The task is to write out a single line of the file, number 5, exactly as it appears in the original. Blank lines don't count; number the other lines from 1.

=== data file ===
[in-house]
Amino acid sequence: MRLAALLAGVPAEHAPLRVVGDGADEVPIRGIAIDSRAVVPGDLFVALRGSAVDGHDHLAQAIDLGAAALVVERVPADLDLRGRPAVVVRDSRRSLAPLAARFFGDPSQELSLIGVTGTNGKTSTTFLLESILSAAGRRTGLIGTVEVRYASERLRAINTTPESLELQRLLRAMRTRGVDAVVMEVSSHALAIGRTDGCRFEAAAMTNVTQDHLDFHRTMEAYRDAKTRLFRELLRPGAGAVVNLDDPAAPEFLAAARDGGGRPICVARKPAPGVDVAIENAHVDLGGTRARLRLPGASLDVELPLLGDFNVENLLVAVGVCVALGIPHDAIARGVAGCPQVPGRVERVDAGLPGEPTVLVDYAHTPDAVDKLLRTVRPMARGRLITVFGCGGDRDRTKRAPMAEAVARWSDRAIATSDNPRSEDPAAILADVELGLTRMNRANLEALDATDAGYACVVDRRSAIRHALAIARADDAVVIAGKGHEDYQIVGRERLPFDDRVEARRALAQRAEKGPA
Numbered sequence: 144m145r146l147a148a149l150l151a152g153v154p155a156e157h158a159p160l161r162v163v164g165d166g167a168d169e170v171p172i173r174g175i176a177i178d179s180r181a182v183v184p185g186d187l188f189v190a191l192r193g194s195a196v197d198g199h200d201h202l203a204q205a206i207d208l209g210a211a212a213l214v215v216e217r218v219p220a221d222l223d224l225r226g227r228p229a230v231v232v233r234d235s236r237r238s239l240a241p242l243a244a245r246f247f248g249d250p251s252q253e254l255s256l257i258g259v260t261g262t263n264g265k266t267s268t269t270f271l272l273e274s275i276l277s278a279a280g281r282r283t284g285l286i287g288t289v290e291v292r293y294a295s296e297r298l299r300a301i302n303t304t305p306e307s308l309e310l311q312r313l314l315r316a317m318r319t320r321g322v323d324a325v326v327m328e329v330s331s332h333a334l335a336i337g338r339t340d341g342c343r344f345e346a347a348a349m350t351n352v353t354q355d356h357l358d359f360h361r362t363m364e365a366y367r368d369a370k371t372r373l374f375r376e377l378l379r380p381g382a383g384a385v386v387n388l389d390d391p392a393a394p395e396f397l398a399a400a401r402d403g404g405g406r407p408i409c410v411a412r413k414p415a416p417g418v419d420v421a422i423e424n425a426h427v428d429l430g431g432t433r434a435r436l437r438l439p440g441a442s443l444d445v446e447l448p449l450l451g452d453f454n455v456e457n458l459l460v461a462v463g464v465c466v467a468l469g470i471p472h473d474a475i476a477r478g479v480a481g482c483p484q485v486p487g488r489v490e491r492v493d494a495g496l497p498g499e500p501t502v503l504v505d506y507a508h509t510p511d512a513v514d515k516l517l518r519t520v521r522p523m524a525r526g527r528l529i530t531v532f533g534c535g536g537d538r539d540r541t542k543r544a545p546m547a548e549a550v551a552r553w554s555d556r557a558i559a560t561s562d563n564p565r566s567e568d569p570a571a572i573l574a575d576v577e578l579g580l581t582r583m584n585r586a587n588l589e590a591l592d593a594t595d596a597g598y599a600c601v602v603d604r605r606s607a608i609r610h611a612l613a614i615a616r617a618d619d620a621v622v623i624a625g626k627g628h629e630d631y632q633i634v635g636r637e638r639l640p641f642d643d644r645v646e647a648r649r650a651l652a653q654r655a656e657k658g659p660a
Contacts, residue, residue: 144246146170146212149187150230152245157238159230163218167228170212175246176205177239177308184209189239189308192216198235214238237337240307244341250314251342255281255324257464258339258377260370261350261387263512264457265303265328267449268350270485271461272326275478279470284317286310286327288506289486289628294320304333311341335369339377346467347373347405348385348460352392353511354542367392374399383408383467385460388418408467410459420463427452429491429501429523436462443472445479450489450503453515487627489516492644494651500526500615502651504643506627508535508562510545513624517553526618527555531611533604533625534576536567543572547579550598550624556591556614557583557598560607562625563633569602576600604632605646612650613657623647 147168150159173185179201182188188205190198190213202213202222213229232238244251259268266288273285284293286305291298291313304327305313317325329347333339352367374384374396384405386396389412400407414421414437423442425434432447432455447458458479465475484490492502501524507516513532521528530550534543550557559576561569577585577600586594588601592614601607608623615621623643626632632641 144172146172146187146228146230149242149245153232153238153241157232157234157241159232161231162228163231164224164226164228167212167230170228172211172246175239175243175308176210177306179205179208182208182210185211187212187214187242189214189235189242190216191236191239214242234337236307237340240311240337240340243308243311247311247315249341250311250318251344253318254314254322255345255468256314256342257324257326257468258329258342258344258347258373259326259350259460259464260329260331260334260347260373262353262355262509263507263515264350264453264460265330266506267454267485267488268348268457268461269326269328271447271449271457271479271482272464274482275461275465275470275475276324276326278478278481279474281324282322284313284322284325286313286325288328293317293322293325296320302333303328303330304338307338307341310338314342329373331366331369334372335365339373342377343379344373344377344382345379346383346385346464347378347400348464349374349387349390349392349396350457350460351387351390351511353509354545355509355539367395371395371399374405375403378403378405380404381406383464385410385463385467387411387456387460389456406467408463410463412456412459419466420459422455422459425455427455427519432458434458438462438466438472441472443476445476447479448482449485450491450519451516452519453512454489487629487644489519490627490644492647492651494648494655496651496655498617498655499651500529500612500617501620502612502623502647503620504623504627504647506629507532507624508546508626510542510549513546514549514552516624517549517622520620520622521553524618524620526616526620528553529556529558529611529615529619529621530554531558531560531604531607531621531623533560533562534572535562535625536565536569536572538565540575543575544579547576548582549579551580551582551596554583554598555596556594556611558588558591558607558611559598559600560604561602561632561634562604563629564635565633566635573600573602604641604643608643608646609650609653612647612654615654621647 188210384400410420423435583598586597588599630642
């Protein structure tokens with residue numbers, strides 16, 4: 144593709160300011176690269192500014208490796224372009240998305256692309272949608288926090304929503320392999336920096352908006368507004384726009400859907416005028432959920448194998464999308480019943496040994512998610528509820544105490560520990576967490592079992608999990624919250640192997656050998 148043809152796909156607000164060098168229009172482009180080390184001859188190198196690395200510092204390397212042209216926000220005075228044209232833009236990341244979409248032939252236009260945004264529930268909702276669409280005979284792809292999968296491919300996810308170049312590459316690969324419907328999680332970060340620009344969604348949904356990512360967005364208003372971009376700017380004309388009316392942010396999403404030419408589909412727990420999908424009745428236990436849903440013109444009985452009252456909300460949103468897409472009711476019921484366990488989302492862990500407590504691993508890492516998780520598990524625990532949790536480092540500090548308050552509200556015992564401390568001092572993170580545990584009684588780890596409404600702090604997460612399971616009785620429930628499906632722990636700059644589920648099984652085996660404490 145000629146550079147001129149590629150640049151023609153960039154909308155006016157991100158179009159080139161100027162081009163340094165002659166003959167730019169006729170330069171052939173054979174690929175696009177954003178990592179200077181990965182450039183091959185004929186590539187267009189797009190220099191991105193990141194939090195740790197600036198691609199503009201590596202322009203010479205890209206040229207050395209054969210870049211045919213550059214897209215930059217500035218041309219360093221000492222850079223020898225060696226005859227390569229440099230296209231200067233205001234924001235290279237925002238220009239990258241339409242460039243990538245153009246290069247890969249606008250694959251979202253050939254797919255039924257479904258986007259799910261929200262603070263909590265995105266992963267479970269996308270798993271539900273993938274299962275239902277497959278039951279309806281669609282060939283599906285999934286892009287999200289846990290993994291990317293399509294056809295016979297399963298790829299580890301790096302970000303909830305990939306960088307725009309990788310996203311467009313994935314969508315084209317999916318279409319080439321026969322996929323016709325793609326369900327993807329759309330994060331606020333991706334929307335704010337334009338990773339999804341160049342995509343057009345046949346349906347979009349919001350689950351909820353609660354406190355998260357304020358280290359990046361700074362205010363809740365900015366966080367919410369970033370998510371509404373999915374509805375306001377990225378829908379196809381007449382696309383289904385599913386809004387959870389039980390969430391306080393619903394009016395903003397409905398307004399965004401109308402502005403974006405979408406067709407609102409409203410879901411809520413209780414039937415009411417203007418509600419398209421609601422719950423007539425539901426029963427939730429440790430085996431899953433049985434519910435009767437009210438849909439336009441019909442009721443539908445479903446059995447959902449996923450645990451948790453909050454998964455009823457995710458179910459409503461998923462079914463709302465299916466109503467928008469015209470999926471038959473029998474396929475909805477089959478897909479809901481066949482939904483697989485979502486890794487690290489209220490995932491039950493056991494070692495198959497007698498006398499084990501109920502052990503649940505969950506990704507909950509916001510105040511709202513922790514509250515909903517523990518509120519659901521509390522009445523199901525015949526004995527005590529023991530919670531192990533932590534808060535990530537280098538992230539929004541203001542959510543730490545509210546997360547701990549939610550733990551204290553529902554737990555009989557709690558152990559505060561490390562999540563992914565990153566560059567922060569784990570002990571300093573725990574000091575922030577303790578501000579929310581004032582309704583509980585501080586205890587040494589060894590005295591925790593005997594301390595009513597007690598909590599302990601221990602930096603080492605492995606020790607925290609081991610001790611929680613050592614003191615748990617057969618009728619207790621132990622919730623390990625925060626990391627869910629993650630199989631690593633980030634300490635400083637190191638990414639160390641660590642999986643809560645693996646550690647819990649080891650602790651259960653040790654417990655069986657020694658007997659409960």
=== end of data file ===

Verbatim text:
């Protein structure tokens with residue numbers, strides 16, 4: 144593709160300011176690269192500014208490796224372009240998305256692309272949608288926090304929503320392999336920096352908006368507004384726009400859907416005028432959920448194998464999308480019943496040994512998610528509820544105490560520990576967490592079992608999990624919250640192997656050998 148043809152796909156607000164060098168229009172482009180080390184001859188190198196690395200510092204390397212042209216926000220005075228044209232833009236990341244979409248032939252236009260945004264529930268909702276669409280005979284792809292999968296491919300996810308170049312590459316690969324419907328999680332970060340620009344969604348949904356990512360967005364208003372971009376700017380004309388009316392942010396999403404030419408589909412727990420999908424009745428236990436849903440013109444009985452009252456909300460949103468897409472009711476019921484366990488989302492862990500407590504691993508890492516998780520598990524625990532949790536480092540500090548308050552509200556015992564401390568001092572993170580545990584009684588780890596409404600702090604997460612399971616009785620429930628499906632722990636700059644589920648099984652085996660404490 145000629146550079147001129149590629150640049151023609153960039154909308155006016157991100158179009159080139161100027162081009163340094165002659166003959167730019169006729170330069171052939173054979174690929175696009177954003178990592179200077181990965182450039183091959185004929186590539187267009189797009190220099191991105193990141194939090195740790197600036198691609199503009201590596202322009203010479205890209206040229207050395209054969210870049211045919213550059214897209215930059217500035218041309219360093221000492222850079223020898225060696226005859227390569229440099230296209231200067233205001234924001235290279237925002238220009239990258241339409242460039243990538245153009246290069247890969249606008250694959251979202253050939254797919255039924257479904258986007259799910261929200262603070263909590265995105266992963267479970269996308270798993271539900273993938274299962275239902277497959278039951279309806281669609282060939283599906285999934286892009287999200289846990290993994291990317293399509294056809295016979297399963298790829299580890301790096302970000303909830305990939306960088307725009309990788310996203311467009313994935314969508315084209317999916318279409319080439321026969322996929323016709325793609326369900327993807329759309330994060331606020333991706334929307335704010337334009338990773339999804341160049342995509343057009345046949346349906347979009349919001350689950351909820353609660354406190355998260357304020358280290359990046361700074362205010363809740365900015366966080367919410369970033370998510371509404373999915374509805375306001377990225378829908379196809381007449382696309383289904385599913386809004387959870389039980390969430391306080393619903394009016395903003397409905398307004399965004401109308402502005403974006405979408406067709407609102409409203410879901411809520413209780414039937415009411417203007418509600419398209421609601422719950423007539425539901426029963427939730429440790430085996431899953433049985434519910435009767437009210438849909439336009441019909442009721443539908445479903446059995447959902449996923450645990451948790453909050454998964455009823457995710458179910459409503461998923462079914463709302465299916466109503467928008469015209470999926471038959473029998474396929475909805477089959478897909479809901481066949482939904483697989485979502486890794487690290489209220490995932491039950493056991494070692495198959497007698498006398499084990501109920502052990503649940505969950506990704507909950509916001510105040511709202513922790514509250515909903517523990518509120519659901521509390522009445523199901525015949526004995527005590529023991530919670531192990533932590534808060535990530537280098538992230539929004541203001542959510543730490545509210546997360547701990549939610550733990551204290553529902554737990555009989557709690558152990559505060561490390562999540563992914565990153566560059567922060569784990570002990571300093573725990574000091575922030577303790578501000579929310581004032582309704583509980585501080586205890587040494589060894590005295591925790593005997594301390595009513597007690598909590599302990601221990602930096603080492605492995606020790607925290609081991610001790611929680613050592614003191615748990617057969618009728619207790621132990622919730623390990625925060626990391627869910629993650630199989631690593633980030634300490635400083637190191638990414639160390641660590642999986643809560645693996646550690647819990649080891650602790651259960653040790654417990655069986657020694658007997659409960």